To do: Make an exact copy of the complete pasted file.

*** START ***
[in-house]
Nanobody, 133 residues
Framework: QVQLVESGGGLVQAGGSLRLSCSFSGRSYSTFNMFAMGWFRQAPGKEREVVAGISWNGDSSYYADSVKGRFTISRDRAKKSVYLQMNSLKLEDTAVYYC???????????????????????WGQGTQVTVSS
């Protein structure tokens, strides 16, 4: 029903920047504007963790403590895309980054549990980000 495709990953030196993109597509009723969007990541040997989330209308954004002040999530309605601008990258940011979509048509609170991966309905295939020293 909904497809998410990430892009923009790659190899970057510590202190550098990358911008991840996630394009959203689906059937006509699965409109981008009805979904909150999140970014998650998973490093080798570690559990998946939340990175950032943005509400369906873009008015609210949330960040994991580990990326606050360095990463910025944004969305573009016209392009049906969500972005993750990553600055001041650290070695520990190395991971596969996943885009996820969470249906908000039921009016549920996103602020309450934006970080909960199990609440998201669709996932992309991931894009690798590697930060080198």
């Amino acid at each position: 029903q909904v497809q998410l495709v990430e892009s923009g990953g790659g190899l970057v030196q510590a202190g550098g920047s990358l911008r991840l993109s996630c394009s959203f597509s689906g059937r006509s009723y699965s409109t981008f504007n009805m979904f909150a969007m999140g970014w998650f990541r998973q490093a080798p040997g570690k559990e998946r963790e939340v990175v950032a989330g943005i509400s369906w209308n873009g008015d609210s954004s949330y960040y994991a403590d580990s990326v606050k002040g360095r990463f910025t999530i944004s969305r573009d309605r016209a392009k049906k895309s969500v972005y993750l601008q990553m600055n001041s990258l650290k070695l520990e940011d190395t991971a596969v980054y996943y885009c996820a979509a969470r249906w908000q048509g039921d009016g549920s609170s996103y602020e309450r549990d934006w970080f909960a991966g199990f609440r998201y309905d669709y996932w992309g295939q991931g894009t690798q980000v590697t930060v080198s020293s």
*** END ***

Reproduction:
[in-house]
Nanobody, 133 residues
Framework: QVQLVESGGGLVQAGGSLRLSCSFSGRSYSTFNMFAMGWFRQAPGKEREVVAGISWNGDSSYYADSVKGRFTISRDRAKKSVYLQMNSLKLEDTAVYYC???????????????????????WGQGTQVTVSS
């Protein structure tokens, strides 16, 4: 029903920047504007963790403590895309980054549990980000 495709990953030196993109597509009723969007990541040997989330209308954004002040999530309605601008990258940011979509048509609170991966309905295939020293 909904497809998410990430892009923009790659190899970057510590202190550098990358911008991840996630394009959203689906059937006509699965409109981008009805979904909150999140970014998650998973490093080798570690559990998946939340990175950032943005509400369906873009008015609210949330960040994991580990990326606050360095990463910025944004969305573009016209392009049906969500972005993750990553600055001041650290070695520990190395991971596969996943885009996820969470249906908000039921009016549920996103602020309450934006970080909960199990609440998201669709996932992309991931894009690798590697930060080198």
């Amino acid at each position: 029903q909904v497809q998410l495709v990430e892009s923009g990953g790659g190899l970057v030196q510590a202190g550098g920047s990358l911008r991840l993109s996630c394009s959203f597509s689906g059937r006509s009723y699965s409109t981008f504007n009805m979904f909150a969007m999140g970014w998650f990541r998973q490093a080798p040997g570690k559990e998946r963790e939340v990175v950032a989330g943005i509400s369906w209308n873009g008015d609210s954004s949330y960040y994991a403590d580990s990326v606050k002040g360095r990463f910025t999530i944004s969305r573009d309605r016209a392009k049906k895309s969500v972005y993750l601008q990553m600055n001041s990258l650290k070695l520990e940011d190395t991971a596969v980054y996943y885009c996820a979509a969470r249906w908000q048509g039921d009016g549920s609170s996103y602020e309450r549990d934006w970080f909960a991966g199990f609440r998201y309905d669709y996932w992309g295939q991931g894009t690798q980000v590697t930060v080198s020293s």